Red Glove by Holly Black
Great follow-up to White Cat. Full of danger and curseworking. Cassel has to learn to rely and trust on his friends rather than doing everything himself. Great Cassel and Lila moments! The book is a real page-turner yet also has a lot of substance - developed characters and excellend world-building. (Amazon)

Eighth Grade Bites (The Chronicles of Vladimir Tod, #1) by Heather Brewer
Vlad is half vampire, half human. Being a vamp isn't that big a deal, as long as it stays secret. His secret is threatened when a teacher disappears and is replaced by a creepy guy who is extremely interested in Vlad. Vlad and his best friend go searching to find his old teacher and discover the new guy's issues. Funny book but has surprising dark side. (Amazon)

Queen of the Dead by Stacey Kade (Partial Boy POV)
Second Ghost and Goth book took the plot in a direction I didn't expect. Will and Alona are on separate journeys in the book - mostly alone. Will is intrigued when he meets other people who can see ghosts and who knew his father. Alona is mourning the fact that the world is moving on without her. Very interesting plot twist at the end. (Amazon)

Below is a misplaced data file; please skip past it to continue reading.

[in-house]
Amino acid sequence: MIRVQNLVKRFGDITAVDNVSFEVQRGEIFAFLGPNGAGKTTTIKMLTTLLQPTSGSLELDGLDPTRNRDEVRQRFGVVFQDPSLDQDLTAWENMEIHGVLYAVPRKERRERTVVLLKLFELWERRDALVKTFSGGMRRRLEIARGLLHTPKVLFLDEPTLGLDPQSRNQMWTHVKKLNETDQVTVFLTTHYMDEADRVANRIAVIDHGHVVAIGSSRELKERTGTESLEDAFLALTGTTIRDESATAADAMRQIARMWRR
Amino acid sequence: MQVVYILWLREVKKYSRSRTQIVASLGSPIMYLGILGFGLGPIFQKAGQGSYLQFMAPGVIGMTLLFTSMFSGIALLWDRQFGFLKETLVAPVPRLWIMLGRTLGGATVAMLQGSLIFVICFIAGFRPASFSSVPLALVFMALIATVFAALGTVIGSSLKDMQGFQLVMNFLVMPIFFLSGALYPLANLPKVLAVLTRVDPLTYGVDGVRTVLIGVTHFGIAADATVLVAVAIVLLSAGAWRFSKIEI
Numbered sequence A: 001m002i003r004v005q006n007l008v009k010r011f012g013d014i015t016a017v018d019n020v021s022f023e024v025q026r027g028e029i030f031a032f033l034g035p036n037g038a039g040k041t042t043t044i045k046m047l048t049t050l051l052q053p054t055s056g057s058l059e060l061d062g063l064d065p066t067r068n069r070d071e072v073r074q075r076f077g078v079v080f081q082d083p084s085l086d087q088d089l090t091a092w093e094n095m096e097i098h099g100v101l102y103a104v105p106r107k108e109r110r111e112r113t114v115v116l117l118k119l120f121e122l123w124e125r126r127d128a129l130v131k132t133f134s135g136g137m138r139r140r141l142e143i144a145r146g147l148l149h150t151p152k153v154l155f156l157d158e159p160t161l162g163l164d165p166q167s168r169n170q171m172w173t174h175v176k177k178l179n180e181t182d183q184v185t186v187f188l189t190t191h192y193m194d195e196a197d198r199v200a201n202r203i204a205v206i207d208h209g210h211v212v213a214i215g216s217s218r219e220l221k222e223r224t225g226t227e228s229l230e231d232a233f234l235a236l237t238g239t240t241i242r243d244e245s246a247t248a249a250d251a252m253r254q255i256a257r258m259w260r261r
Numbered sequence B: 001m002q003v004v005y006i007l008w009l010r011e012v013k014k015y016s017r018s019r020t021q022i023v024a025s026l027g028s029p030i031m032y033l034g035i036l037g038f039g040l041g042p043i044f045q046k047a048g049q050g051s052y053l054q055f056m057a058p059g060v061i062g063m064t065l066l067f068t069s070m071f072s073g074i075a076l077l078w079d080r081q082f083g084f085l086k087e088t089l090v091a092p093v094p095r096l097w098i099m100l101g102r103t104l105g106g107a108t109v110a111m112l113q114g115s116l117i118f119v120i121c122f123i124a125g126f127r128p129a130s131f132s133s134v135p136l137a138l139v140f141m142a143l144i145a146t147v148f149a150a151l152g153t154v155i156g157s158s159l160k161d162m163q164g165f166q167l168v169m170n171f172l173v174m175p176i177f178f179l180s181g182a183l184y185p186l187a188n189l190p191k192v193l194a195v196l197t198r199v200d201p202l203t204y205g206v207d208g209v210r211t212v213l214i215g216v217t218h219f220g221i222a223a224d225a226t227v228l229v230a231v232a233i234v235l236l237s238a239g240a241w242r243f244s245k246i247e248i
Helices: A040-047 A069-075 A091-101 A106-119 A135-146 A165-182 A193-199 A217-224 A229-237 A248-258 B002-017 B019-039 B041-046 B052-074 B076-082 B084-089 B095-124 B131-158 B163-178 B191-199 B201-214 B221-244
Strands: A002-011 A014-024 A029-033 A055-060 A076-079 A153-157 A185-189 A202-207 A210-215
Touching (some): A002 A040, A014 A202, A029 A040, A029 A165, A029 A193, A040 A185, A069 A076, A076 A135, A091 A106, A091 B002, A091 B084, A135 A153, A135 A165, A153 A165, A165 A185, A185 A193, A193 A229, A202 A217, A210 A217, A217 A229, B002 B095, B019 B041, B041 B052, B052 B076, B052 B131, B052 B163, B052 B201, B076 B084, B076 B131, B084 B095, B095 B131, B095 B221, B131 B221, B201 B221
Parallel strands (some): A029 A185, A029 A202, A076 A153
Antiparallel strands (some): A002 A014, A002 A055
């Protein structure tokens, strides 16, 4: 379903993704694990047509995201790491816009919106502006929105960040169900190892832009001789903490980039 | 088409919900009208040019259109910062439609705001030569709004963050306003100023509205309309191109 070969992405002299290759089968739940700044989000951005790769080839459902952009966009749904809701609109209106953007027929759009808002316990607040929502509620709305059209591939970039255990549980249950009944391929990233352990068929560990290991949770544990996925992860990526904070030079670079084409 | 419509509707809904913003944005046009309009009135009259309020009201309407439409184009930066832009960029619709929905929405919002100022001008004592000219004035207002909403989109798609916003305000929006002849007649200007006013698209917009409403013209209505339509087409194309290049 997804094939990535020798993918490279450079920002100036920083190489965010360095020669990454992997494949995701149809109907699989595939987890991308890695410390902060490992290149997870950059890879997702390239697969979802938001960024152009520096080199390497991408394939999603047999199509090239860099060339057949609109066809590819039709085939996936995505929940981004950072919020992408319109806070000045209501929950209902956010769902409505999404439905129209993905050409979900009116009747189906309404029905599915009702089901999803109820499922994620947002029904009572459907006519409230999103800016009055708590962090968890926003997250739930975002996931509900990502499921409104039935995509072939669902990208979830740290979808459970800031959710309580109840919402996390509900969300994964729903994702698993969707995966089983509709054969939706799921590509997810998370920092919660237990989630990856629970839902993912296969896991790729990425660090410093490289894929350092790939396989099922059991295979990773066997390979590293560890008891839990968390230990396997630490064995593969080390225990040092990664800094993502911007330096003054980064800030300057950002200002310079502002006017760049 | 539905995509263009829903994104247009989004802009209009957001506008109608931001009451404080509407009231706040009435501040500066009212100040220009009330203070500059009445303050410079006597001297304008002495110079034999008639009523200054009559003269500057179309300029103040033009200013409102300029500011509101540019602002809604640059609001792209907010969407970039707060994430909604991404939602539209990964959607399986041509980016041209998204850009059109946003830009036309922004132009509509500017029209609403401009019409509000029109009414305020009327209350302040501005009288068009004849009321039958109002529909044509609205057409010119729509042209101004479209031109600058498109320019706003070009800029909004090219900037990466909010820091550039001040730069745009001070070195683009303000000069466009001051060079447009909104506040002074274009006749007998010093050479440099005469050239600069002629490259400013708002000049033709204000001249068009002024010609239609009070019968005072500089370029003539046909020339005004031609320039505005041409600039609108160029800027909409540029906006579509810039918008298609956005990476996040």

Anna Dressed in Blood by Kendara Blake
Cas is a teenage ghost-buster, skilled at killing the dead until a 17 year old ghost named Anna bests him. Anna kills everyone who enters her home, except for Cas. Still, Cas is determined to kill Anna before she harms again. Mixing horror with romance with friendship with family drama, this book is a unique take on the ghost paranormal genre. (Amazon)

Cracked by K.M. Walton
A good book for a bad mood. Very angry. Victor and Bull have horrible lives - particularly horrible families. Bull bullies Victor to suicide, but they end up as roommates in the same psych ward. The reader feels the characters’ anger and despair. It’s a simple yet hard-hitting prose. The plot is somewhat predictable but not as much as I expected. Both characters are easy to sympathize with, if not like. Very quick read. (Amazon)

Wildwood by Colin Meloy
Wildwood is an incredible concept and a good book, but it fails to reach its full potential. The idea behind it is fascinating. A secret world exists within the city of Portland. The Impassible Wilderness is full of talking animals and humans and it has its own politics, history, and culture. Prue and Curtis venture into the forbidden forest to rescue Prue's baby brother and brave all sorts of dangers.  As you'd expect from Colin Meloy (lead singer of The Decemberists), the vocabulary is incredibly sophisticated. Perhaps too much so. Unfortunately, the book drags and is way too long. Still fun to read, but a bit of a chore. (Amazon)

No Going Back by Jonathan Langford